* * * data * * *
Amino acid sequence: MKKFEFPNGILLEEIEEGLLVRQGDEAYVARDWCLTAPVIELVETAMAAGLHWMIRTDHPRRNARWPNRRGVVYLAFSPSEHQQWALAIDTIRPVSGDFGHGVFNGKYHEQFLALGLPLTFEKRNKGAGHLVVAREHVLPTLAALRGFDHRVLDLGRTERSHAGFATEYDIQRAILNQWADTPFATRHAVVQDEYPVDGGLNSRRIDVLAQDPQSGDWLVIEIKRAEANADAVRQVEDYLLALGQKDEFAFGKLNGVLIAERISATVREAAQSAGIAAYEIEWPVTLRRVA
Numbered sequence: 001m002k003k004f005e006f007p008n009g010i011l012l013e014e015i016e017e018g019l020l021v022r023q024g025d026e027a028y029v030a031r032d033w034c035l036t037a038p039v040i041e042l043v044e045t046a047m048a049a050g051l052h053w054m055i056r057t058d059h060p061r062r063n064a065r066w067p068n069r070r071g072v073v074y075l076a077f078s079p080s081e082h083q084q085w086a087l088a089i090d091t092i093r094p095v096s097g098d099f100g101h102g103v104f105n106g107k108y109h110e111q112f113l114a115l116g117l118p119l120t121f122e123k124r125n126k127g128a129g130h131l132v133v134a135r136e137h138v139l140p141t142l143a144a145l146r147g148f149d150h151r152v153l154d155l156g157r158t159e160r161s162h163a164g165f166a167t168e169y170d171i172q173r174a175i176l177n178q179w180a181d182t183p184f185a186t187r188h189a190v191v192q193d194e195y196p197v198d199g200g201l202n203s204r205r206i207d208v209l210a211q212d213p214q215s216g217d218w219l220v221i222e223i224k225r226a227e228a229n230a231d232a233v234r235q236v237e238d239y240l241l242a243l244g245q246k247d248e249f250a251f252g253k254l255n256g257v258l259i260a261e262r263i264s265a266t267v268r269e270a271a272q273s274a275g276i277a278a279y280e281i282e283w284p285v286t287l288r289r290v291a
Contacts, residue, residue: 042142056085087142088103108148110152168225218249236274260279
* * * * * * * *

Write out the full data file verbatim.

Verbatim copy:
Amino acid sequence: MKKFEFPNGILLEEIEEGLLVRQGDEAYVARDWCLTAPVIELVETAMAAGLHWMIRTDHPRRNARWPNRRGVVYLAFSPSEHQQWALAIDTIRPVSGDFGHGVFNGKYHEQFLALGLPLTFEKRNKGAGHLVVAREHVLPTLAALRGFDHRVLDLGRTERSHAGFATEYDIQRAILNQWADTPFATRHAVVQDEYPVDGGLNSRRIDVLAQDPQSGDWLVIEIKRAEANADAVRQVEDYLLALGQKDEFAFGKLNGVLIAERISATVREAAQSAGIAAYEIEWPVTLRRVA
Numbered sequence: 001m002k003k004f005e006f007p008n009g010i011l012l013e014e015i016e017e018g019l020l021v022r023q024g025d026e027a028y029v030a031r032d033w034c035l036t037a038p039v040i041e042l043v044e045t046a047m048a049a050g051l052h053w054m055i056r057t058d059h060p061r062r063n064a065r066w067p068n069r070r071g072v073v074y075l076a077f078s079p080s081e082h083q084q085w086a087l088a089i090d091t092i093r094p095v096s097g098d099f100g101h102g103v104f105n106g107k108y109h110e111q112f113l114a115l116g117l118p119l120t121f122e123k124r125n126k127g128a129g130h131l132v133v134a135r136e137h138v139l140p141t142l143a144a145l146r147g148f149d150h151r152v153l154d155l156g157r158t159e160r161s162h163a164g165f166a167t168e169y170d171i172q173r174a175i176l177n178q179w180a181d182t183p184f185a186t187r188h189a190v191v192q193d194e195y196p197v198d199g200g201l202n203s204r205r206i207d208v209l210a211q212d213p214q215s216g217d218w219l220v221i222e223i224k225r226a227e228a229n230a231d232a233v234r235q236v237e238d239y240l241l242a243l244g245q246k247d248e249f250a251f252g253k254l255n256g257v258l259i260a261e262r263i264s265a266t267v268r269e270a271a272q273s274a275g276i277a278a279y280e281i282e283w284p285v286t287l288r289r290v291a
Contacts, residue, residue: 042142056085087142088103108148110152168225218249236274260279